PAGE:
Fans of Aladdin may have always dreamed of taking a magic carpet ride with the pauper turned prince. Unfortunately, Iran’s famous Persian carpets won’t be able to take you for a spin, but they are known all over the world for the magic of their exquisite designs and beautiful workmanship. The Iranians are expert rug makers, with over 2,500 years of experience under their belts. No wonder rugs are the country’s second-largest export commodity only surpassed by oil.
Each Persian rug is a carefully weaved and designed work of art, but don’t be surprised if you take one home and notice that it contains a small flaw. This is actually done by the carpet weavers on purpose due to their belief that only God can reach perfection. Therefore, they make sure to sew one mistake into their rug on purpose to display their human limitations.
The Damavand Volcano
Just 43 miles (70 km) from Tehran lies Mount Damavand, an enormous and potentially active volcano. Admittedly, it has been over 7,000 years since its last eruption but there are fumaroles and hot springs at the summit crater which suggests it is not dormant.
The mountain is the highest peak in Iran and the tallest volcano in all of Asia. It is an important symbol in Persian mythology and folklore and symbolizes the country’s fight against tyranny and foreign oppression. Some ancient texts even claimed that a three-headed dragon was chained inside the mountain and would remain there until the end of the world.
Milk of Persia
The Iranian yogurt is famous for its special properties and is traditionally known around the country as “Persian Milk”. The Iranian people believe it is good for anything and everything, therefore it has many uses that do not just include putting it in your mouth.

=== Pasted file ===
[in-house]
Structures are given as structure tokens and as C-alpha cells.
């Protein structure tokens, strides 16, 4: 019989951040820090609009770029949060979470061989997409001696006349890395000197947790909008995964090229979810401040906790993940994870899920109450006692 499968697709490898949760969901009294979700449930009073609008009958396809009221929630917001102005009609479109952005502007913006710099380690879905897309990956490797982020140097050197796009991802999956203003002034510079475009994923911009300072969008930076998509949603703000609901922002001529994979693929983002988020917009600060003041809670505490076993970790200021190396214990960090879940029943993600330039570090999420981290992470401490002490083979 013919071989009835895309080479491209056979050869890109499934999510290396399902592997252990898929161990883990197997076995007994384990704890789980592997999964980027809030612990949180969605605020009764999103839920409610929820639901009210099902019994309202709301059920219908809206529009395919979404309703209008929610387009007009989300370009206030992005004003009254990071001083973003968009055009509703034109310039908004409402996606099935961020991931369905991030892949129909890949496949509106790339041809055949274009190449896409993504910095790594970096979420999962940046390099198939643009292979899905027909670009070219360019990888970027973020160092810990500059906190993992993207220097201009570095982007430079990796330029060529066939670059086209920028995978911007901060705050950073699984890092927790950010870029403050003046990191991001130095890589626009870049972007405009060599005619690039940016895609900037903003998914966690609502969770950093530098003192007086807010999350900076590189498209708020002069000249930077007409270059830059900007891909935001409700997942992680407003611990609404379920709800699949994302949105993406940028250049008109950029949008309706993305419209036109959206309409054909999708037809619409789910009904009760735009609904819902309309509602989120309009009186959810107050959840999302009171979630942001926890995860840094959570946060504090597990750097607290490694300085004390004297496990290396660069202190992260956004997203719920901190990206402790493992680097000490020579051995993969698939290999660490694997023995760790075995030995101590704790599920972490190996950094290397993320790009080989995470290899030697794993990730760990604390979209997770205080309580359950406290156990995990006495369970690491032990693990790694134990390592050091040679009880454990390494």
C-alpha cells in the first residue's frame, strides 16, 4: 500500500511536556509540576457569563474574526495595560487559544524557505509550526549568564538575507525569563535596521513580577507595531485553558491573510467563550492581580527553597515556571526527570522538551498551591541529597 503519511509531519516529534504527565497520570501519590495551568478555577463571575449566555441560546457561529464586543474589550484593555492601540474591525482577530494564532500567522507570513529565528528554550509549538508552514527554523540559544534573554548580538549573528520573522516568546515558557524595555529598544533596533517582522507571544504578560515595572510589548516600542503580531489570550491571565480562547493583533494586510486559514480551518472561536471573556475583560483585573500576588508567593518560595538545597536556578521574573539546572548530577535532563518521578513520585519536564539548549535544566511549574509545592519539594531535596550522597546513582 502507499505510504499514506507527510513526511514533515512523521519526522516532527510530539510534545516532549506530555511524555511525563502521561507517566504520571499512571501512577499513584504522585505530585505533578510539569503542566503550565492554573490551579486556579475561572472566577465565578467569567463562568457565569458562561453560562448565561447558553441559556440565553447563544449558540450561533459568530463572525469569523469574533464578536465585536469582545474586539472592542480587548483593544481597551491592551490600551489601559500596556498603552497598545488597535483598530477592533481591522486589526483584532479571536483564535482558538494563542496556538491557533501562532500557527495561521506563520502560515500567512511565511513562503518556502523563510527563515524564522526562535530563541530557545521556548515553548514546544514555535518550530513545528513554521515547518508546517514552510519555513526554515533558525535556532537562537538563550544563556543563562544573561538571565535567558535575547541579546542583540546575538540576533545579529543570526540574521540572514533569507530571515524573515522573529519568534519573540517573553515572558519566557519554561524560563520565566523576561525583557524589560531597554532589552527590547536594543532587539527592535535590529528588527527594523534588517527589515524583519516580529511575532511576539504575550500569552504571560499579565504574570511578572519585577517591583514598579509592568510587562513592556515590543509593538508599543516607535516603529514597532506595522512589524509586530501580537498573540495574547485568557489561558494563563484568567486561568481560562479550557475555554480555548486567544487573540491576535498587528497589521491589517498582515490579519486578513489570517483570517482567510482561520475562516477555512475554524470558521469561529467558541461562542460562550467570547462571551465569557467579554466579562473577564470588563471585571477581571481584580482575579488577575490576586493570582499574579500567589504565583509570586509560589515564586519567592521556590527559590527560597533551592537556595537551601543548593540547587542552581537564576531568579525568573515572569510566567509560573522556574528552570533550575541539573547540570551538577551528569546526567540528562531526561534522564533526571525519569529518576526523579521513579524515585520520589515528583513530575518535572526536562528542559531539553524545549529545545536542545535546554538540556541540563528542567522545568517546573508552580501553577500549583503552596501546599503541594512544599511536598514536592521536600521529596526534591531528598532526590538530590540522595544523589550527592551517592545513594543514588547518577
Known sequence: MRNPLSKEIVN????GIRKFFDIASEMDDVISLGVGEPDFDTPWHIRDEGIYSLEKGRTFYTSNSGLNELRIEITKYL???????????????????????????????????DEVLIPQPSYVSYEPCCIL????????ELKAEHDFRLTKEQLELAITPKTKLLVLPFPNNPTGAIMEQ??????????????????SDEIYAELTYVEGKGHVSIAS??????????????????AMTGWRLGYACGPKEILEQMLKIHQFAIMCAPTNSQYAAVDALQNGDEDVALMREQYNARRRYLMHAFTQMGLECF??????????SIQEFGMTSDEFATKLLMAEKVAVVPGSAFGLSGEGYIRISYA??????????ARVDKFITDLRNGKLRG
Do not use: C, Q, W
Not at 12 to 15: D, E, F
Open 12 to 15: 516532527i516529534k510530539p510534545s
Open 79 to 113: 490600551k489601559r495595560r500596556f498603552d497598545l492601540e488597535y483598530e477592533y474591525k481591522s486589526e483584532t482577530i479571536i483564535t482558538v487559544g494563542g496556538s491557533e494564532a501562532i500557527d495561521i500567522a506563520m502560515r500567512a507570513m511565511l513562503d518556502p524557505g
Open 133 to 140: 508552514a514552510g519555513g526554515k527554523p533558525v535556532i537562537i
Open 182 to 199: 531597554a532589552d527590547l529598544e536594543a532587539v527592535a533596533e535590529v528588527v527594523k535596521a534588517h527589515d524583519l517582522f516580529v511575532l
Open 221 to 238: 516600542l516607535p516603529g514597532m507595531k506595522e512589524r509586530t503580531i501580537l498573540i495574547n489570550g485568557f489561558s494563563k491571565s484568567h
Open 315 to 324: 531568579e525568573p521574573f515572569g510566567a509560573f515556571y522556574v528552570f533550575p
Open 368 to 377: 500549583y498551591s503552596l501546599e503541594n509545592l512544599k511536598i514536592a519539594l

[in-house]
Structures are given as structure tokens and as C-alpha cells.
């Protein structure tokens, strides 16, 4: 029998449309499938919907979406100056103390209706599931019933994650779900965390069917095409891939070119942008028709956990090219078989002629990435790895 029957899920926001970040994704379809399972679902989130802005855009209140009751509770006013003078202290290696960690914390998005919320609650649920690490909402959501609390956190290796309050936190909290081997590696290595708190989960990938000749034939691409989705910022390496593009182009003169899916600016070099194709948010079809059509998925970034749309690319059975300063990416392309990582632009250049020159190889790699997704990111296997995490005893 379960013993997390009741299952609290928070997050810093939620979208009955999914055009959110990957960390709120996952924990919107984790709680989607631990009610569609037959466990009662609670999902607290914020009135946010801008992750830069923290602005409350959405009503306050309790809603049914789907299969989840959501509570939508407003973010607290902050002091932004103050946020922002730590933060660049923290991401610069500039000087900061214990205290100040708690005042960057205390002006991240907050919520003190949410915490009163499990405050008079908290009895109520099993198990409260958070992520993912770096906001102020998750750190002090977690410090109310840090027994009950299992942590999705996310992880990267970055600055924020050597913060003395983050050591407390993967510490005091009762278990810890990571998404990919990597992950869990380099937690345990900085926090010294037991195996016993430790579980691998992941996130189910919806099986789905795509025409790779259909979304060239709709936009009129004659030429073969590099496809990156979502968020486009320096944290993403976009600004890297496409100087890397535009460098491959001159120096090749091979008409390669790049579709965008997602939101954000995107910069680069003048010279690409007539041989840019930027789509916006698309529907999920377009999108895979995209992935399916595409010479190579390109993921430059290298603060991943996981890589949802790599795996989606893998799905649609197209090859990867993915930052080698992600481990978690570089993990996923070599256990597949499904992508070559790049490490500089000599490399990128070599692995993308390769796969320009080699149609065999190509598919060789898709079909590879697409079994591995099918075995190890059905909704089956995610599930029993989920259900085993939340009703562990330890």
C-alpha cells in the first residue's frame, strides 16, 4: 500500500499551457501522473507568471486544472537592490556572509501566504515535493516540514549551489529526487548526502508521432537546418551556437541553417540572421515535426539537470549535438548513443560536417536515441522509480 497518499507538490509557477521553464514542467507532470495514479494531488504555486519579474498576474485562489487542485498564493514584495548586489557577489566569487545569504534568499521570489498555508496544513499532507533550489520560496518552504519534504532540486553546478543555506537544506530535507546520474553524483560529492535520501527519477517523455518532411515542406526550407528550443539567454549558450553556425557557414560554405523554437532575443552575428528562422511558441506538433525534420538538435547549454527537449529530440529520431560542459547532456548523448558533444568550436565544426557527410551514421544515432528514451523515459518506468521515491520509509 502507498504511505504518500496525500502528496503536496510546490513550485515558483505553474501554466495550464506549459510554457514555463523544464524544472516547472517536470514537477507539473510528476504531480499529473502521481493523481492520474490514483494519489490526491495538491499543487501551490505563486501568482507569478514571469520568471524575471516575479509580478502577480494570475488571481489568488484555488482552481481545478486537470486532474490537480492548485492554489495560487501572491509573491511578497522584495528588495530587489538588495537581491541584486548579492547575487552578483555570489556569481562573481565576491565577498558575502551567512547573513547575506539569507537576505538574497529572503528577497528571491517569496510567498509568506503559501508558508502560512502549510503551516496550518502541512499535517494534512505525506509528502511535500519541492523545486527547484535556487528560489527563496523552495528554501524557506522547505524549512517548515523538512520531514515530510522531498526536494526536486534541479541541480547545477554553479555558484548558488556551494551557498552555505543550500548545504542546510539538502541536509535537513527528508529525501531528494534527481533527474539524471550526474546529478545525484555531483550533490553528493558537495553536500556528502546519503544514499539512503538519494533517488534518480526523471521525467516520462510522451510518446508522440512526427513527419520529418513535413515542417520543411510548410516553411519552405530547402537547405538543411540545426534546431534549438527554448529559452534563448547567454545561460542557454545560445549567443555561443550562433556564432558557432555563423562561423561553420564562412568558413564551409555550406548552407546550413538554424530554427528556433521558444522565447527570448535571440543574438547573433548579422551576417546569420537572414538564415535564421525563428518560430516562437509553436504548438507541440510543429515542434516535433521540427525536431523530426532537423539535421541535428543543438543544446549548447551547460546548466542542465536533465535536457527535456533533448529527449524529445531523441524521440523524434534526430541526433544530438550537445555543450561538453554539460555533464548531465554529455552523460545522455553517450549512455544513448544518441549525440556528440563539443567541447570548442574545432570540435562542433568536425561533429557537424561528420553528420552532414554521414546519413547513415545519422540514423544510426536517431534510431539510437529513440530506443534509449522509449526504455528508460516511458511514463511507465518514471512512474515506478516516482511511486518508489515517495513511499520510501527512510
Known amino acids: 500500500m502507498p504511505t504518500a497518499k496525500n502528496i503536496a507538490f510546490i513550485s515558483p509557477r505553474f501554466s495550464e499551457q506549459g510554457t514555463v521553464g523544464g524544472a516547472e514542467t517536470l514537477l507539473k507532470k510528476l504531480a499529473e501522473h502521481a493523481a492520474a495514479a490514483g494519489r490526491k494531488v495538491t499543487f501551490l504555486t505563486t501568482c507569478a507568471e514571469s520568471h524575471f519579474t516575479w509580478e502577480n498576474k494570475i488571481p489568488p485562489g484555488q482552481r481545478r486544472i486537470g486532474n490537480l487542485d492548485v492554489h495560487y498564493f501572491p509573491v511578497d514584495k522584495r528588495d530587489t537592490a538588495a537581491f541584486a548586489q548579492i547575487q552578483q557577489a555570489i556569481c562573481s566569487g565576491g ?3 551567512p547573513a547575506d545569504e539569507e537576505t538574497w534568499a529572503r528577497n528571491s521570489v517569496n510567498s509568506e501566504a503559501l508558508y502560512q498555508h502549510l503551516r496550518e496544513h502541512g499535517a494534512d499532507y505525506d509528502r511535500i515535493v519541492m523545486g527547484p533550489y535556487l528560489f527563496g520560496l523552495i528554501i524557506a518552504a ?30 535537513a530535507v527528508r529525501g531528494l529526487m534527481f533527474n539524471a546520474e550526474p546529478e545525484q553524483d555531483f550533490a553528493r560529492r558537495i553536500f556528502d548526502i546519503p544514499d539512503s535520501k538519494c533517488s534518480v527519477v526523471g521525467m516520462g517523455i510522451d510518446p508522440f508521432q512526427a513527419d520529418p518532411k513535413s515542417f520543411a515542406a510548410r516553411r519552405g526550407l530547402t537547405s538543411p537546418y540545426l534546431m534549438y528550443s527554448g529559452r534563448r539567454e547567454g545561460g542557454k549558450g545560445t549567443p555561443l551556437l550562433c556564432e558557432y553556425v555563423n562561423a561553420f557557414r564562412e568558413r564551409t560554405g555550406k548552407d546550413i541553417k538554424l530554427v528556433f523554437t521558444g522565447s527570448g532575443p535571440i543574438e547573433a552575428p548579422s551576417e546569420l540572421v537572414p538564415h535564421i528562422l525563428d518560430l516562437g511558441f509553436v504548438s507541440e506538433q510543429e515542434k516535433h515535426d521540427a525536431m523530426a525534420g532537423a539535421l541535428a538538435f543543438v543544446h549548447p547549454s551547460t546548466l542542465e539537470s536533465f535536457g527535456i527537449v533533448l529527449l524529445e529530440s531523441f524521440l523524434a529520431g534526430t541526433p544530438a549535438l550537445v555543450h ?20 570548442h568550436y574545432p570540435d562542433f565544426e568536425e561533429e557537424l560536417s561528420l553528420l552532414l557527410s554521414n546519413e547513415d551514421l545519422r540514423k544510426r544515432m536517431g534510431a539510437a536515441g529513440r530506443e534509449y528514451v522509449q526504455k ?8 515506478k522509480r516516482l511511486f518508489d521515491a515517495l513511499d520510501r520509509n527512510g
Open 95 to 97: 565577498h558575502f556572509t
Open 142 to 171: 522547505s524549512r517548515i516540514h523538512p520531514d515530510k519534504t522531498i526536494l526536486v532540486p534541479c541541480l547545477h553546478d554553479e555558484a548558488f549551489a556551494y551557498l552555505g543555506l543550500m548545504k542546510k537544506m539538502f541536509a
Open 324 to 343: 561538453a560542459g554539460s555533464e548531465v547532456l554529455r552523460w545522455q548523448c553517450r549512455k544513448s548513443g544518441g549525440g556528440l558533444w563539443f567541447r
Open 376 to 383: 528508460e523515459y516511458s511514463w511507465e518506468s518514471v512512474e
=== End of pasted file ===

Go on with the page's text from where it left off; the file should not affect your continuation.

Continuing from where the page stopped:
Persian yogurt is considered by many to be a magic type of medicine which can get rid of coughs, help fight fatigue, treat ulcers, ease sunburns and even make you live longer. The Iranian beauty industry even uses this miracle cure as the ingredients in a face mask.
Parkour, a military-style obstacle course exercise regimen, has become all the rage in Iran. The discipline, which is based on acrobatic movement, began in France and become immensely popular around the world at the end of the 1990s and early 2000s. The urban sport soon reached Iran and has been a local favorite ever since.
Many Iranian teenagers spend their time in dedicated Parkour parks and clubs, flipping, jumping, climbing and generally having a great time. The sport is ideal for urban areas, doesn’t cost anything, needs no special equipment and can be performed in almost any type of clothing.
You’ve Got Mail
Ancient Persia lays claim to the very first postal service. They credit the invention to the Persian King Cyrus the Great who ruled between 550 and 529 BC. He instructed that every province in his kingdom would offer both delivery and reception of post for every citizen and even got neighboring countries to agree to do the same. He also had roads built from Post in the west to Hakha in the east.
The system included different stations where the message carrier could swap his tired horse for a fresh one, to increase delivery speed. According to Greek historian Herodotus, “...neither by snow nor rain nor heat nor darkness from accomplishing their appointed course with all speed", does that sound familiar?